The Principles of Free Verse
with Joshua Mehigan
"No verse is free," wrote T.S. Eliot, for the poet "who wants to do a good job." Seventy-five years later, though most English-language poems are written without meter or regular lines, a lot of contemporary poets seem satisfied to think of free verse as liberation from the oppressive rules of traditional technique. But free verse, too, has its own distinct and important technical traditions. We may wish to avoid creating new prescriptions to replace the old ones, but we can certainly describe and learn from the many innovative techniques used for centuries by free-verse poets as varied as Christopher Smart and Gary Soto, Eliot and Lucille Clifton. In this three-day workshop, we'll examine some important organizational principles that poets have used throughout the history of free verse: rhetorical, phrasal, sonic, metaphorical, typographical, and so on. Readings will include poems by Smart, Blake, James Henry, Whitman, Stein, Stevens, Pound, H.D., Williams, Cummings, Borges, Hughes, Bishop, Lowell, Brooks, Celan, O'Hara, Rich, Plath, Pelizzon, Stallings, Hayes, and others.
Bio: Joshua Mehigan's first book, The Optimist, was a finalist for the 2004 Los Angeles Times Book Prize. His second, Accepting the Disaster, was published by Farrar, Straus and Giroux in 2014 and subsequently cited as a best book of the year in the TLS, The New York Times Book Review, and elsewhere. His poems have appeared in many publications, including The New Yorker, The Paris Review, and Poetry, which awarded him its 2013 Levinson Prize. He has has received writing fellowships from the National Endowment for the Arts (2011) and the Guggenheim Foundation (2015).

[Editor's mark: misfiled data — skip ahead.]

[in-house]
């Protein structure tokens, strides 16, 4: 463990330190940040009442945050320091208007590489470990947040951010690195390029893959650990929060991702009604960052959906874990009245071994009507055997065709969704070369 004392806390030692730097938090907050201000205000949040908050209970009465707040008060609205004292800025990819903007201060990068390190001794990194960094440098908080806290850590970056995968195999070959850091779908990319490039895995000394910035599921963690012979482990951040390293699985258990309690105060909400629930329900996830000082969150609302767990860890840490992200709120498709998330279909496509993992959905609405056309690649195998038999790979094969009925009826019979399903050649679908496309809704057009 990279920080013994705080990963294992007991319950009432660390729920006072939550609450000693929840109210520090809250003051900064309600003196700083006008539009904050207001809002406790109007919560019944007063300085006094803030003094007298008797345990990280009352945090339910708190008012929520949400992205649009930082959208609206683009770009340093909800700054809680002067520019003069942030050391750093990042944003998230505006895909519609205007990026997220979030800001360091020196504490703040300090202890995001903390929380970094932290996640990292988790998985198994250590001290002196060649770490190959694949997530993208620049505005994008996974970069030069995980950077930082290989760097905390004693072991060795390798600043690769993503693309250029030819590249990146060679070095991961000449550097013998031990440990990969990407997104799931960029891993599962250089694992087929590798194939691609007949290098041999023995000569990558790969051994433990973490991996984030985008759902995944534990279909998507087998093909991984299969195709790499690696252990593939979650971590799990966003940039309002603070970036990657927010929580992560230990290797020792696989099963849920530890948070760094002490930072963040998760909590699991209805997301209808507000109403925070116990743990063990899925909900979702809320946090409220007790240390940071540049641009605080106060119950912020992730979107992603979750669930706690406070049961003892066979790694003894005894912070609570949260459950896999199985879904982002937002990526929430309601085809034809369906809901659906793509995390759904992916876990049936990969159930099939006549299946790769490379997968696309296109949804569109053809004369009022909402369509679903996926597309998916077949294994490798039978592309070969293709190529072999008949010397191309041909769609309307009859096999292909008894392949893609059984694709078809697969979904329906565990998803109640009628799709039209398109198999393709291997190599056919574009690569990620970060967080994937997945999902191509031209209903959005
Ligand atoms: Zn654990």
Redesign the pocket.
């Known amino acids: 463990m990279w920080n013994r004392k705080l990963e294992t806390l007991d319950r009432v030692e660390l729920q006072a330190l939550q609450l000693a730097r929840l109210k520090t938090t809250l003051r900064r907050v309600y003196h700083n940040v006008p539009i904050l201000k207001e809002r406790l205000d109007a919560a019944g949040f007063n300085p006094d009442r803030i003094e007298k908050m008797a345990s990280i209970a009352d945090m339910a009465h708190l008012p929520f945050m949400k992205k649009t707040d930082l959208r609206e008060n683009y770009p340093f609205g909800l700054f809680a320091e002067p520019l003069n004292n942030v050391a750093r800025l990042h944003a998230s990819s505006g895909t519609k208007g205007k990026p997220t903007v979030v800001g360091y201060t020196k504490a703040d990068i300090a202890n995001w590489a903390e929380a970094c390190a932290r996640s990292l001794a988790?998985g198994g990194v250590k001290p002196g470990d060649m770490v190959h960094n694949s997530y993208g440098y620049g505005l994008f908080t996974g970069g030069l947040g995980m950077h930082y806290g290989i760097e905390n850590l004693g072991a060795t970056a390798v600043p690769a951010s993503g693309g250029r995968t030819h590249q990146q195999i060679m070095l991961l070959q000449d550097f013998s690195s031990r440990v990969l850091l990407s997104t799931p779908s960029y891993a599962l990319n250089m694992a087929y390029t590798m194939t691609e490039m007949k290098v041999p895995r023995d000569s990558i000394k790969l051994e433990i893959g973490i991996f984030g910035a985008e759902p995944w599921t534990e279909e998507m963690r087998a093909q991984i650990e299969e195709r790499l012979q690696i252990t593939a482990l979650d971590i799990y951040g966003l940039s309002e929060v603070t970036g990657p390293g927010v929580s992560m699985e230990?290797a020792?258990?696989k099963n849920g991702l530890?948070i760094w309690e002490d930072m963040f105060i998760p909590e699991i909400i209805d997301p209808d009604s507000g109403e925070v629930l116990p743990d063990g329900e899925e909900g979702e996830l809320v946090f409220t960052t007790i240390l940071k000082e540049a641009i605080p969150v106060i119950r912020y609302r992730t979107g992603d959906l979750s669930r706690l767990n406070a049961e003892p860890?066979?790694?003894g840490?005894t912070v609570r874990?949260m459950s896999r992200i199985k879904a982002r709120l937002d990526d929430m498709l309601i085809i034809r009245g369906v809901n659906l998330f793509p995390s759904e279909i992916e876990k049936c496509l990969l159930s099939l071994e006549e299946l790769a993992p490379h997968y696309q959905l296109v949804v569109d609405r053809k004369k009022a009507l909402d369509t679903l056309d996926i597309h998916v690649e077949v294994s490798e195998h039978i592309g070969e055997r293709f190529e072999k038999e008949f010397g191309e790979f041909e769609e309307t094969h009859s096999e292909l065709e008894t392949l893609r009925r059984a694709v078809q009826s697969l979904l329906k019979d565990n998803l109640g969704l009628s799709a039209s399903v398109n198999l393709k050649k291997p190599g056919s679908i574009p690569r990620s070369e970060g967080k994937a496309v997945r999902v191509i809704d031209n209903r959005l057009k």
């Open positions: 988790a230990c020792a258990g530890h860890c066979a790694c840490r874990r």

Rhetoric for Poets
with Timothy Steele
In the first act of Goethe's Faust, the student assistant Wagner asks the great professor to teach him rhetoric, only to be told that the subject is worthless and that writers should simply speak from their hearts. Since the publication of the play in 1808, we poets have largely followed Faust's advice—and who can blame us? Faust has noble ambitions, and he appeals to our faith in self-expression and sincerity. However, he is also a man who, shortly after counseling poor Wagner, abandons learning for magic, enters into a pact with the Devil, and destroys Gretchen and her family. Further, Goethe himself believed that one of the most indispensable and delightful parts of the poet's education was rhetoric. Maybe we should give it a second chance.